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Arrests Spark Protests, Border Closing in Thailand

In October 2009, Thai activists wave Thai flags and chant slogans during a rally against Prime Minister Hun Sen's decision to make ousted Prime Minister Thaksin Shinawatra his economic adviser, and the recent protest may just worsen the already tense rela

Cambodian officials ruled out the demands of protesters in Bangkok Friday who want the release of seven Thai nationals charged Thursday with illegal entry.

The suspects, including a Thai member of parliament and supporters of the “yellow shirt” People's Alliance for Democracy, were arrested Wednesday while reportedly looking into claims of Cambodian encroachment on Thai soil.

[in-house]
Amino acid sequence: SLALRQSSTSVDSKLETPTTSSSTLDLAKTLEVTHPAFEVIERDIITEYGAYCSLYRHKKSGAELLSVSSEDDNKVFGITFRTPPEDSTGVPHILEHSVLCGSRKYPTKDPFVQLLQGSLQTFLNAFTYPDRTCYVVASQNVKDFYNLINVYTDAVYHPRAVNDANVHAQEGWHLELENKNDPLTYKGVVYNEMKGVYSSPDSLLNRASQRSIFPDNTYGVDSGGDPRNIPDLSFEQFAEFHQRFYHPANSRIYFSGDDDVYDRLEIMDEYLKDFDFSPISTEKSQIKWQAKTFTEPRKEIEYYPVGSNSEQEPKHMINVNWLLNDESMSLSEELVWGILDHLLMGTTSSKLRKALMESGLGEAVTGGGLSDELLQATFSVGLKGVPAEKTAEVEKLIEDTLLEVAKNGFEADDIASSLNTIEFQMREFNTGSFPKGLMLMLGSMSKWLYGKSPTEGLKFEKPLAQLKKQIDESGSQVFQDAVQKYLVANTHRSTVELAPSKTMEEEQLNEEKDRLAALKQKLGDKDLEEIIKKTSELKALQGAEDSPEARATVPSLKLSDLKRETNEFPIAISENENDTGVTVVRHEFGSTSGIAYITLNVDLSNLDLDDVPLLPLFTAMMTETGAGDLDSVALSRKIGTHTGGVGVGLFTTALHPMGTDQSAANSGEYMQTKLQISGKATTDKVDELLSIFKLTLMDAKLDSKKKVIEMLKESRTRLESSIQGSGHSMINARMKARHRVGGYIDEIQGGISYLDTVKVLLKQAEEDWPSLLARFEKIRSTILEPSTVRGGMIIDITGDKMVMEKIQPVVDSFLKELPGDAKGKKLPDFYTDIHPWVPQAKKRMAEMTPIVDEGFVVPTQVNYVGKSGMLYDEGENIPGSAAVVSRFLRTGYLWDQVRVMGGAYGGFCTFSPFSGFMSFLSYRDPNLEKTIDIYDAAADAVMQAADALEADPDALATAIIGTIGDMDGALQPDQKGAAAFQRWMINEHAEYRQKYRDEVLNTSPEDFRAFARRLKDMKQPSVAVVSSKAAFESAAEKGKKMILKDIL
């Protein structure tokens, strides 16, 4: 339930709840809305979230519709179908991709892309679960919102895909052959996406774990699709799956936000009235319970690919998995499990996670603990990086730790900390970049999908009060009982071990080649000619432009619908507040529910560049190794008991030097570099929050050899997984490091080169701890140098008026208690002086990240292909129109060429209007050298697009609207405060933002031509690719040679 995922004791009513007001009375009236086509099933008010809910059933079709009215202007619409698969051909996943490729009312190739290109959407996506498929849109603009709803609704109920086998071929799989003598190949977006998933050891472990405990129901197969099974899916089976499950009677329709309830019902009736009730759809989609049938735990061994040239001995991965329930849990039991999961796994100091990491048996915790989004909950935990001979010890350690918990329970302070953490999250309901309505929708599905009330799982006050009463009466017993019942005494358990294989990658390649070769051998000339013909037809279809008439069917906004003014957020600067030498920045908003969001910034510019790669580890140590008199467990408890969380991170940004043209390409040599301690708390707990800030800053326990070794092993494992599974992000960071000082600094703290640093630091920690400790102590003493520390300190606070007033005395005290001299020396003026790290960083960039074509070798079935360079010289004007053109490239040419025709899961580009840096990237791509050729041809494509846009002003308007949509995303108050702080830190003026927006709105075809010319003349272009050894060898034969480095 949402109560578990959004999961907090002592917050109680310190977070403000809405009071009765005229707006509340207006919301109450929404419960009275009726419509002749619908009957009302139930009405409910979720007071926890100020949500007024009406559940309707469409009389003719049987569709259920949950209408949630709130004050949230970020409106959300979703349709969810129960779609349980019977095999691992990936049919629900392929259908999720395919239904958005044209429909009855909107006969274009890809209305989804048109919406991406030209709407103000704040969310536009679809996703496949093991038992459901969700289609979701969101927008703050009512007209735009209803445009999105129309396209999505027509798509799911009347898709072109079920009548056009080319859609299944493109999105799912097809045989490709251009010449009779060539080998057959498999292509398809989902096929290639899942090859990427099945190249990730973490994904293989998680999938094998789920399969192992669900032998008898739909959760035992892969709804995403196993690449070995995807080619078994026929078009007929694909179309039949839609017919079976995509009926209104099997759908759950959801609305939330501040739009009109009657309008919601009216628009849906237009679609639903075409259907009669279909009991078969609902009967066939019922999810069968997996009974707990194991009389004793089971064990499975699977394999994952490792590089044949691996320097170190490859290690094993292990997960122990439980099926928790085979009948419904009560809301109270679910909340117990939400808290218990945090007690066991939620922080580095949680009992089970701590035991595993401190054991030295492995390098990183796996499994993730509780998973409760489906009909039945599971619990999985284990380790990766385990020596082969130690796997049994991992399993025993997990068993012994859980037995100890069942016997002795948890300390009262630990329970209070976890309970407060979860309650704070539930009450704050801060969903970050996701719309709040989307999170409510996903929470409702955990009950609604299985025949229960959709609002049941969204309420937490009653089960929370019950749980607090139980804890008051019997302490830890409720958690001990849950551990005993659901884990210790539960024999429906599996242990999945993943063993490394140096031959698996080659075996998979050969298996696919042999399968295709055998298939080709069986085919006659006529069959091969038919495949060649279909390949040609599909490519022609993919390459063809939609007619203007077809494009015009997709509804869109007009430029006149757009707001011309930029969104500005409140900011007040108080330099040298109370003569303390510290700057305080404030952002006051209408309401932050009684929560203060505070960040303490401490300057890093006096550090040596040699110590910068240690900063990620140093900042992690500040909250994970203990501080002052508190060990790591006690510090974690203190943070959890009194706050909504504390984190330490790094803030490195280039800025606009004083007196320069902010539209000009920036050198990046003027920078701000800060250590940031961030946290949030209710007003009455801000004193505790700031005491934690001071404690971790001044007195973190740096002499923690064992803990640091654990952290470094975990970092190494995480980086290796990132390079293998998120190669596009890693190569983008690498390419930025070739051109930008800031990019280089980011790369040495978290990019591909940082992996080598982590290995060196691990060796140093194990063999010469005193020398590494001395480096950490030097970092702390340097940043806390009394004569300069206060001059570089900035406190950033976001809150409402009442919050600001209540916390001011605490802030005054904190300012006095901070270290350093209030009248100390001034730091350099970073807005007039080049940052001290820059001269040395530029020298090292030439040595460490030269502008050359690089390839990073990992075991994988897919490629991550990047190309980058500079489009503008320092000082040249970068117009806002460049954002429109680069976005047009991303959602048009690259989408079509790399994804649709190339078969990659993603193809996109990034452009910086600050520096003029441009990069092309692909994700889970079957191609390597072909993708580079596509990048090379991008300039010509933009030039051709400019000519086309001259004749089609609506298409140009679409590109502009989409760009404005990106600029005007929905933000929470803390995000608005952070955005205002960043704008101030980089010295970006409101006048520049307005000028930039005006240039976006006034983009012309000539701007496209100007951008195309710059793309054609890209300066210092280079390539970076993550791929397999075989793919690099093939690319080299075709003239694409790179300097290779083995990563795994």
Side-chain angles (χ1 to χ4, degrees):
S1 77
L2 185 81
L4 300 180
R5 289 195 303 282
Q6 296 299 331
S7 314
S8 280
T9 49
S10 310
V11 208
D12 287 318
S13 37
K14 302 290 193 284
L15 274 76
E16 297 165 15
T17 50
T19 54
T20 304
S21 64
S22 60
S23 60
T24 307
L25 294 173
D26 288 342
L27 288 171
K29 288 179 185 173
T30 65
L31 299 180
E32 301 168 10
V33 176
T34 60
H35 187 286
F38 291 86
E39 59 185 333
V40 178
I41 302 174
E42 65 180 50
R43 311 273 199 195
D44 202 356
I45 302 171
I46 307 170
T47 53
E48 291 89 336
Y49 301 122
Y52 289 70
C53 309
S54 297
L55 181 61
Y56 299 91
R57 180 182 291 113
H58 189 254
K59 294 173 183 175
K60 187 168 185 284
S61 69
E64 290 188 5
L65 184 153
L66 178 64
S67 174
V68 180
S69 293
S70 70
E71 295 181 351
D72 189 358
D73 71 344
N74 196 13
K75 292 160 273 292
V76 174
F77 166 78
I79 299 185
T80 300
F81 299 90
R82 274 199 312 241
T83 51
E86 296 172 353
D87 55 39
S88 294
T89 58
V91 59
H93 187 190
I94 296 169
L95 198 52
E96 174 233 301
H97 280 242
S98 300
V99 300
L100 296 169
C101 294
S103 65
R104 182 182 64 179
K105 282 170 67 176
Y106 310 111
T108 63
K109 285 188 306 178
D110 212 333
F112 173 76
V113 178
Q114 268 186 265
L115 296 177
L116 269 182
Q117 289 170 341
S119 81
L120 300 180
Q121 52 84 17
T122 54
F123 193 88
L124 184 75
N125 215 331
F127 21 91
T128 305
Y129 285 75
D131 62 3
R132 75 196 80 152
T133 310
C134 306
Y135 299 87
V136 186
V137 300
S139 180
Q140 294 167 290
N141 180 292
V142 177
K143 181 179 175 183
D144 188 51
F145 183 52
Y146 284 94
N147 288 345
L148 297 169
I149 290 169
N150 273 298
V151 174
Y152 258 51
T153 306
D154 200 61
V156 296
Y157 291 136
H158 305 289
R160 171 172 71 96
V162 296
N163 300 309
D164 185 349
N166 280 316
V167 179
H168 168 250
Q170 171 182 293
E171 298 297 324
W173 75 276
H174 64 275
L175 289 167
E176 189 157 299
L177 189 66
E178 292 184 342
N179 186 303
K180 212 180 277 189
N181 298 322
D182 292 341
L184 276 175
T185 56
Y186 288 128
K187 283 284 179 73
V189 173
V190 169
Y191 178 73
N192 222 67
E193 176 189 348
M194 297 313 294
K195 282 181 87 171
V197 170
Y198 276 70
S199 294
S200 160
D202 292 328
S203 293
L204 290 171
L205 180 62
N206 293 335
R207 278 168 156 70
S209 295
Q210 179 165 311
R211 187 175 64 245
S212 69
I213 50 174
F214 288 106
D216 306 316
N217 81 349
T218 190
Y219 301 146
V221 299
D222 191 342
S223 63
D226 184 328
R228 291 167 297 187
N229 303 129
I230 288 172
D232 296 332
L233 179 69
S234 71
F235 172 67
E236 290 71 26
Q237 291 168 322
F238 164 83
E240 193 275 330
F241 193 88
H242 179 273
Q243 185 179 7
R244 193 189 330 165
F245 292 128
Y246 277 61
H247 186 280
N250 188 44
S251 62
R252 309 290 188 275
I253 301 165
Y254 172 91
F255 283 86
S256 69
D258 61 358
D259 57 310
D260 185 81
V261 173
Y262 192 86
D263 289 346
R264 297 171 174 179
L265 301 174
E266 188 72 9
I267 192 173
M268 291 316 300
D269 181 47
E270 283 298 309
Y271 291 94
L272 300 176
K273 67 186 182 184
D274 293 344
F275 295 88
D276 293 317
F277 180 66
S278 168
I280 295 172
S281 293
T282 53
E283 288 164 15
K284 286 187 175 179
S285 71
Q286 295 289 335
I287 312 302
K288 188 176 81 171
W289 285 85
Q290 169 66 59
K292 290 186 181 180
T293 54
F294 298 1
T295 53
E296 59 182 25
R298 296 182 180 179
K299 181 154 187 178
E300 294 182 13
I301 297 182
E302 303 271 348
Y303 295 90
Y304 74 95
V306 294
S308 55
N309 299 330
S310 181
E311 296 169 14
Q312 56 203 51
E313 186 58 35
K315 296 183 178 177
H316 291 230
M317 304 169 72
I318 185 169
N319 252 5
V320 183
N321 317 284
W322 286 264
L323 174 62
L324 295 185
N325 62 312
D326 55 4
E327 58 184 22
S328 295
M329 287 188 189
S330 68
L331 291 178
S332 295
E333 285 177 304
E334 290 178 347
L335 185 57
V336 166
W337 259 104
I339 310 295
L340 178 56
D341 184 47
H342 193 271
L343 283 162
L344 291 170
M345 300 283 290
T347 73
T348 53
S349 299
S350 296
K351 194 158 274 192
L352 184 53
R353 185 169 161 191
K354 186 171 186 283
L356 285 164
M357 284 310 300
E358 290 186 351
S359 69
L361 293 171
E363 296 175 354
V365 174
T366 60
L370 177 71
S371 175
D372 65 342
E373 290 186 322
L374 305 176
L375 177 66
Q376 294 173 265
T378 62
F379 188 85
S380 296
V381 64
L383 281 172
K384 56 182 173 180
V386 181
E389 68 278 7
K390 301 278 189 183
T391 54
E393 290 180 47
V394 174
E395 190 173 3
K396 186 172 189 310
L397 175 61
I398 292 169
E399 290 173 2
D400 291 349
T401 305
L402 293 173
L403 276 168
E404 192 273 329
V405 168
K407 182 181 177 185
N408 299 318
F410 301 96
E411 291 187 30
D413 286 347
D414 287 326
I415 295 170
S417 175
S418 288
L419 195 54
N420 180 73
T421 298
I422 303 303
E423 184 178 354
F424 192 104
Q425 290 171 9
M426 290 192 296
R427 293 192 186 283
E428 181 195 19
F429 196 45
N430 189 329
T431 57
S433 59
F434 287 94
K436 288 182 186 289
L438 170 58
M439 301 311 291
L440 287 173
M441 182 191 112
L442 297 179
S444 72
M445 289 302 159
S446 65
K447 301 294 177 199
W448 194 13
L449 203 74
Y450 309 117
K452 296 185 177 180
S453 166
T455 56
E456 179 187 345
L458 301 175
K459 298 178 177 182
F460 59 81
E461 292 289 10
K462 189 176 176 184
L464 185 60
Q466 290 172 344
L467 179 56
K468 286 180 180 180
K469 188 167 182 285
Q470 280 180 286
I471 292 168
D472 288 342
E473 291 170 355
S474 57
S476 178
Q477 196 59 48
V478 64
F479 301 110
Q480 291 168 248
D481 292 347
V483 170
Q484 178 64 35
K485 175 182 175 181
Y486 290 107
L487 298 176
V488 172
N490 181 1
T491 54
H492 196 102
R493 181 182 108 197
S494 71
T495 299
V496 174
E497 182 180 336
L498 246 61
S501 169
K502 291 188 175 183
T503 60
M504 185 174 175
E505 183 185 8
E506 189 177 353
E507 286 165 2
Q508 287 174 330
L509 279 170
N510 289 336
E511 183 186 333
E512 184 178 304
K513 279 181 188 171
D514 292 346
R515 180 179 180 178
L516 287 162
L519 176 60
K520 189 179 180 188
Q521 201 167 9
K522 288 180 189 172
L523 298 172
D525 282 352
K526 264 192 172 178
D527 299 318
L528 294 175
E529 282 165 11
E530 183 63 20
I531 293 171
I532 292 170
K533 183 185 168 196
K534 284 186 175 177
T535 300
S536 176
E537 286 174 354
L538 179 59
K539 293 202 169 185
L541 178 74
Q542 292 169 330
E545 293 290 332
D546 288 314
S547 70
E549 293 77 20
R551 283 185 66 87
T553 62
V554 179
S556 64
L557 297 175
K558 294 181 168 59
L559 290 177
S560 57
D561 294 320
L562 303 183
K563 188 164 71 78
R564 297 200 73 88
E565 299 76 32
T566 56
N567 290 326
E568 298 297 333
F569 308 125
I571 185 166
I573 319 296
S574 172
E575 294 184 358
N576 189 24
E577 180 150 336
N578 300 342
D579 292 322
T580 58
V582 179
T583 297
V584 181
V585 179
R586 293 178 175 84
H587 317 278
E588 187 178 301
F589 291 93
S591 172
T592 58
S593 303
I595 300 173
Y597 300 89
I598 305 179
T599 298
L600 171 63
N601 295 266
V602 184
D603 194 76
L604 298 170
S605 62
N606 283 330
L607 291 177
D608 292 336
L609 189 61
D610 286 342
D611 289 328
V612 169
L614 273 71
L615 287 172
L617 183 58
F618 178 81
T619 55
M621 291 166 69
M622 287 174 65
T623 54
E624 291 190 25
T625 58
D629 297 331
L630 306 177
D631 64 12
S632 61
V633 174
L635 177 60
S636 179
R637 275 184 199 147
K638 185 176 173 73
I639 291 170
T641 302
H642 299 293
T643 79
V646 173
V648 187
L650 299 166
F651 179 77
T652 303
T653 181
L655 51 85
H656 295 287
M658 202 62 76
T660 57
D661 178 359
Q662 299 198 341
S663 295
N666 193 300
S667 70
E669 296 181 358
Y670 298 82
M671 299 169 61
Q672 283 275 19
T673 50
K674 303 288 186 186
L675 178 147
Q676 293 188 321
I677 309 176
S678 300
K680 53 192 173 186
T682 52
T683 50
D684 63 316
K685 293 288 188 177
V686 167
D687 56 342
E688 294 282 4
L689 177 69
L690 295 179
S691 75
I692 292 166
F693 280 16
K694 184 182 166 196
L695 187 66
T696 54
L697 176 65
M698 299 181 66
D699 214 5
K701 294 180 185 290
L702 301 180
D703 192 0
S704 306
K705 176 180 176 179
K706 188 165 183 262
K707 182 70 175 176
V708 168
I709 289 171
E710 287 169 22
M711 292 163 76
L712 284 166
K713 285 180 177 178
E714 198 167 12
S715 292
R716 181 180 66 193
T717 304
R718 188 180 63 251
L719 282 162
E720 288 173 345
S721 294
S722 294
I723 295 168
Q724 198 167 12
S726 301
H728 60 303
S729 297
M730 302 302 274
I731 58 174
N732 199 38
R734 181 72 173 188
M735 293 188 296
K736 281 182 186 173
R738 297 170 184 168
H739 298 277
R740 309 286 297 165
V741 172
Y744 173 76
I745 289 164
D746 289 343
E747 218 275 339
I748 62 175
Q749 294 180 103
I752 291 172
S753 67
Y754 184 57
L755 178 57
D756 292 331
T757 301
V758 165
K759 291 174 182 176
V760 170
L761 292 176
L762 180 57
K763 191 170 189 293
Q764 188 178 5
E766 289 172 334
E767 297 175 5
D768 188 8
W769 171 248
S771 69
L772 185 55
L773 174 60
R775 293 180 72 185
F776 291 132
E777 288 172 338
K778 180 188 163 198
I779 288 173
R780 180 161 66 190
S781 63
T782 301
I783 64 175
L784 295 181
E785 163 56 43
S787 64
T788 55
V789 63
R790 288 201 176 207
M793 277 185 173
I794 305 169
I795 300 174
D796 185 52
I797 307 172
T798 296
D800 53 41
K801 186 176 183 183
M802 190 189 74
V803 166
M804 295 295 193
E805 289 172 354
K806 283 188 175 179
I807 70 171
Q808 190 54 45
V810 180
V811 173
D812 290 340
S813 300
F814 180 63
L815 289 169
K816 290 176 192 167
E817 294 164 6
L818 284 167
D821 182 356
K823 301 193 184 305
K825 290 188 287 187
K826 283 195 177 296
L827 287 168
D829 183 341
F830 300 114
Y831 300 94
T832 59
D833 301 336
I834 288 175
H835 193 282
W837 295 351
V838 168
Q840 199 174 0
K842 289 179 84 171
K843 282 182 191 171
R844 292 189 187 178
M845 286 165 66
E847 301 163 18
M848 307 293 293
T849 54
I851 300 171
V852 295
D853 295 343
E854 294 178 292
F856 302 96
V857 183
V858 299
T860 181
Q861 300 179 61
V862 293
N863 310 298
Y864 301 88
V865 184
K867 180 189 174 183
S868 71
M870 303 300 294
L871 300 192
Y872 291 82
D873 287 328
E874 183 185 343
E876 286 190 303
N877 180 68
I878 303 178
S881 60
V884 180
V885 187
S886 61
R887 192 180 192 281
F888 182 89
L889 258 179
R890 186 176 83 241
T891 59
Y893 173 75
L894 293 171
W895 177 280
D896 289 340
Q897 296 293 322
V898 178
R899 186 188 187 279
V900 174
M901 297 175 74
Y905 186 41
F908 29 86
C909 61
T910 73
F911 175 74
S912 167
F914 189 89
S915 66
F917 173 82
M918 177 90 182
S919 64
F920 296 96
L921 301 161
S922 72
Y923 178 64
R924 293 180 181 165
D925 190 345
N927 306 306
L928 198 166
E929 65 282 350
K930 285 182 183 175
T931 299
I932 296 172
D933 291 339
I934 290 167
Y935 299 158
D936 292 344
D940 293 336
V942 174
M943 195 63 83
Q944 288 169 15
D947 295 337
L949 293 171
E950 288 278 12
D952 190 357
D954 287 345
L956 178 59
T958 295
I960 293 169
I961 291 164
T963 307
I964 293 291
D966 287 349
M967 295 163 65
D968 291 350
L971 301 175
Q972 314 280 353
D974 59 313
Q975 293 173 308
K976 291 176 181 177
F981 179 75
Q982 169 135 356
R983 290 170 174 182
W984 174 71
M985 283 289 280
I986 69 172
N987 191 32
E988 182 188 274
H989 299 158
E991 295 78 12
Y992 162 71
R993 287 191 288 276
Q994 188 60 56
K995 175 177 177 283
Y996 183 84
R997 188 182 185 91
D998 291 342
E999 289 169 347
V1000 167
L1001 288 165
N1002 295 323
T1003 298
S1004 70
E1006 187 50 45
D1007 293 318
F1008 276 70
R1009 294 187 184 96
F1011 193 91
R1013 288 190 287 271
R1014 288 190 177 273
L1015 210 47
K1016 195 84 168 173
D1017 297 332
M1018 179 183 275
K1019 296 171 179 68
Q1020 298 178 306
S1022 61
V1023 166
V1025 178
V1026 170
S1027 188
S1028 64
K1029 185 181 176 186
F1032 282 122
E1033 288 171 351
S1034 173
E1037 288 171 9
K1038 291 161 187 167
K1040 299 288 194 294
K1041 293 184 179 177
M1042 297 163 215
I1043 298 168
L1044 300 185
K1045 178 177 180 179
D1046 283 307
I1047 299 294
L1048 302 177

Authorities say they were caught half a kilometer inside Cambodia and near a military area.

Members of the Thailand Patriot Network gathered in front of the Cambodian Embassy to call for the release of the group. Protesters burned a coffin bearing the photograph of Prime Minsiter Hun Sen and vowed to continue their rally until those arrested are returned to Thailand.

“We cannot accept what they have raised,” Koy Kuong, a spokesman for the Ministry of Foreign Affairs, told VOA Khmer Friday. He confirmed there had been protesters in front of the embassy, but said they dispersed before noon.

Thai Foreign Minister Kasit Pirumya has said his government will respect the judicial process here and has not so far called for a political release.

Meanwhile, Cambodian officials say Thailand has closed down an important checkpoint in Banteay Meanchey province, preventing Cambodians from crossing into Thailand there.

Many Cambodians typically use the crossing, in Obei Chon, in O'Chov district, where they travel for day labor on Thai farms and to purchase goods at Thai markets.

Cambodia has closed the border to Thai nationals as a result and to prevent Thai “revenge,” said Keo Sen governor of O'Chov district. “We must protect the safety of the people,” he told VOA Khmer.